What happens if I see myself or a loved one take more and more opioids?
Drug dependency occurs when an individual takes a drug for an extended period of time and the body develops a need for the drug. The brain thinks the drug is needed to function properly.
Individuals who become dependent on opioids have a substance use disorder.
Before you can decide if someone you love or yourself is in need of treatment for opioid use, here are some warning signs to help identify if there is a problem or not:
- Moodiness, irritability, anger, aggressive behavior
- Depression, poor personal hygiene
- Incoherence, forgetfulness, slurred speech
- Significant changes in weight
- Clumsiness, poor balance, lack of coordination
- Rapid speech, uncharacteristic talkativeness, restlessness
- Irresponsibility, recklessness, bad judgment, secrecy
- Thefts or sudden requests for money
- Change in social interactions, new friends replace old friends, fights with family members and friends, not participating in family functions
- Problems at work/school, such as decrease effort, discipline issues, poor grades or unexplained absences
Ask yourself or your loved one if continued use of opioid medication is the right pain management option for you. Talk to your doctor. There are alternatives to pain management that have a low risk of drug dependency. Options may include:
- Acupuncture, Chiropractic, Biofeedback, Massage Therapy, Hypnotherapy
- Relaxation therapy, Breathing exercise, meditation,stretching, Aromatherapy
- Yoga, Tai Chi, Swimming, Exercise
What happens if I see signs of substance use disorder in myself or someone I know?
Reducing the stigma surrounding drug dependency is a critical step towards getting the needed help for treatment. It is important to remind yourself that you or your loved one has a substance use disorder and the illness does not define you or them.
An intervention may be appropriate to motivate an individual with substance use disorder to seek help. Interventions can be done formally or informally.
- An informal intervention involves a conversation with the person using in a non-confrontational manner or stating observations.
- A formal intervention involves a professional with experience treating substance use disorders.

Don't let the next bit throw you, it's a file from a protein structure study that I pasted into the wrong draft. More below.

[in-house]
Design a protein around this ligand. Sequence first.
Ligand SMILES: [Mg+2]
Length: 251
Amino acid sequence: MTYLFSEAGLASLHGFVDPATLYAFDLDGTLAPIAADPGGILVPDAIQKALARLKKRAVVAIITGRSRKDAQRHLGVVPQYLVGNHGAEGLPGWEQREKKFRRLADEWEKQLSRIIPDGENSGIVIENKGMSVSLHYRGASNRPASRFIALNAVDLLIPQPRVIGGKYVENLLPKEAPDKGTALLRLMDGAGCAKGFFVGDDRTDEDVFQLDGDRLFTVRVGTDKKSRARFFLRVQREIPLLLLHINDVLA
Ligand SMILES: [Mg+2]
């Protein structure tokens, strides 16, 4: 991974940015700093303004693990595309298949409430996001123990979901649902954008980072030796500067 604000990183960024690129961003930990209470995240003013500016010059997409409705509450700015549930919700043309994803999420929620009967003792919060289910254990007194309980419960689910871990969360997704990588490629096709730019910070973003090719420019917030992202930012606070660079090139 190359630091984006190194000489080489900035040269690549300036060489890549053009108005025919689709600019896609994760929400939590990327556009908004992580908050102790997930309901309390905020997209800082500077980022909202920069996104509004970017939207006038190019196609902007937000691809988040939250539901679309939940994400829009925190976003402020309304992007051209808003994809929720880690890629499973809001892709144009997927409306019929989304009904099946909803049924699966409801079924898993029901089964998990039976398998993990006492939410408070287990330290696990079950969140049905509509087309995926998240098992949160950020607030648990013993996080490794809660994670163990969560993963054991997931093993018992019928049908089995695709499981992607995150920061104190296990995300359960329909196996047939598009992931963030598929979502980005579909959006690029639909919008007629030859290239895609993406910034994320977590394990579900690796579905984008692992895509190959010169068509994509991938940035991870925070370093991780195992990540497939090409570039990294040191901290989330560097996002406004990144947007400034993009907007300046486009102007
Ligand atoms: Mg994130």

- For more information on intervention tips and resources visit: www.recovery.org
If you identify with any of the above warning signs due to the use of opioid medications or heroin use talk to someone about getting treatment. Below are a list of resources for treatment:
- Call your doctor and discuss your concerns about opioid dependency
- Call Washington Recovery Help Line at 1-866-789-1511
- Visit Stop Overdose.org website for additional resources in Washington State.
It is possible to break the cycle of opioid dependency.
What happens if I see behavior that makes me think an overdose is likely?
Call 911 immediately if you see someone with these symptoms:
- Loss of consciousness
- Unresponsive to outside stimulus
- Awake, but unable to talk
- Slow, erratic, shallow breathing or has stopped breathing
- Skin tone turns bluish purple for lighter skinned people and grayish or ashen for darker skinned people. Fingernails and lips turn blue or purplish black
- Choking sound or snore-like gurgling noise
- Limp body
- Face is very pale or clammy
- Pulse is slow or not there at all
It is rare for someone to die immediately from an overdose. People survive because someone was there to respond. It is worth trying to wake someone if they are making unfamiliar sounds while they appear to be “sleeping”. It may be an opportunity to save a life.
Attend a training on how to use Naloxone and keep some with you in case of emergencies.
- Naloxone is a prescription medication that temporarily stops the effect of opioids. Naloxone is the generic name of the drug, other names include Narcan and Evzio.
- Naloxone has no effect on someone who has not taken opioids and has a long safety history with rare adverse side effects.